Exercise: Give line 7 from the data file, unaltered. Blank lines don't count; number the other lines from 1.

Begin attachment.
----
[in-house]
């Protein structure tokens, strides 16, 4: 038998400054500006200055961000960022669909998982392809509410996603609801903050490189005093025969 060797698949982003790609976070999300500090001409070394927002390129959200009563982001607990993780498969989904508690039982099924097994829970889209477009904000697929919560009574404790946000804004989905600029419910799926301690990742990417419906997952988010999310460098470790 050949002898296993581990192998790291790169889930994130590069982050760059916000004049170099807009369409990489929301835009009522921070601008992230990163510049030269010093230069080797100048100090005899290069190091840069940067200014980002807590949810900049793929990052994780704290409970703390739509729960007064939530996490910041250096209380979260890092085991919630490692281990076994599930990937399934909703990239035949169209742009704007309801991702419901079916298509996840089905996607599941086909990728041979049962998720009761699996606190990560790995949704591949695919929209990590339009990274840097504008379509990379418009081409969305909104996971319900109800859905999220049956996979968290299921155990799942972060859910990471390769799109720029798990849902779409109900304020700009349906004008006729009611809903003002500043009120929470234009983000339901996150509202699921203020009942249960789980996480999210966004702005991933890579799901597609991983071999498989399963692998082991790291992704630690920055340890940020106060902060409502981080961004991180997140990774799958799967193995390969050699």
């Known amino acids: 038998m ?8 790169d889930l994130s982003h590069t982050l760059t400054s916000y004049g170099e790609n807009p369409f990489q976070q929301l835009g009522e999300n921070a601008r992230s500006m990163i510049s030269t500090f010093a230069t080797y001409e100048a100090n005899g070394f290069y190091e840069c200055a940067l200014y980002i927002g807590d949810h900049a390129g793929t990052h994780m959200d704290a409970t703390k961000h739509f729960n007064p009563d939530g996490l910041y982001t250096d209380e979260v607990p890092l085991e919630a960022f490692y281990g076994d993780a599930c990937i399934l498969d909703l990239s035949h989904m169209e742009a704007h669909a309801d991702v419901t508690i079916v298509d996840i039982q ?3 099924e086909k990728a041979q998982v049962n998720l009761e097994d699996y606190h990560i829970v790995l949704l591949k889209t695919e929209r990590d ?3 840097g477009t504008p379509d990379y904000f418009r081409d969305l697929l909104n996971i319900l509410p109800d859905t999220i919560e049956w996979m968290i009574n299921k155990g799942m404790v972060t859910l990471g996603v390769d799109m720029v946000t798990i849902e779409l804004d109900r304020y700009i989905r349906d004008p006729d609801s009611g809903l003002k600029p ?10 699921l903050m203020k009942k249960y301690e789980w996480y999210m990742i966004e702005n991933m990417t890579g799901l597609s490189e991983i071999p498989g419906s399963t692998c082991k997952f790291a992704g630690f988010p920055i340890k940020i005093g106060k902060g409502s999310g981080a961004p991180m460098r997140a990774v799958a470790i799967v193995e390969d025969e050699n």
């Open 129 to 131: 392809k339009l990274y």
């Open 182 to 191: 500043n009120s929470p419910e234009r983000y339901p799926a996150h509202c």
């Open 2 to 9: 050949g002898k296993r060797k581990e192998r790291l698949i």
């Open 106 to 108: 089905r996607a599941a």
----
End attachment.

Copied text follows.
């Open 106 to 108: 089905r996607a599941a």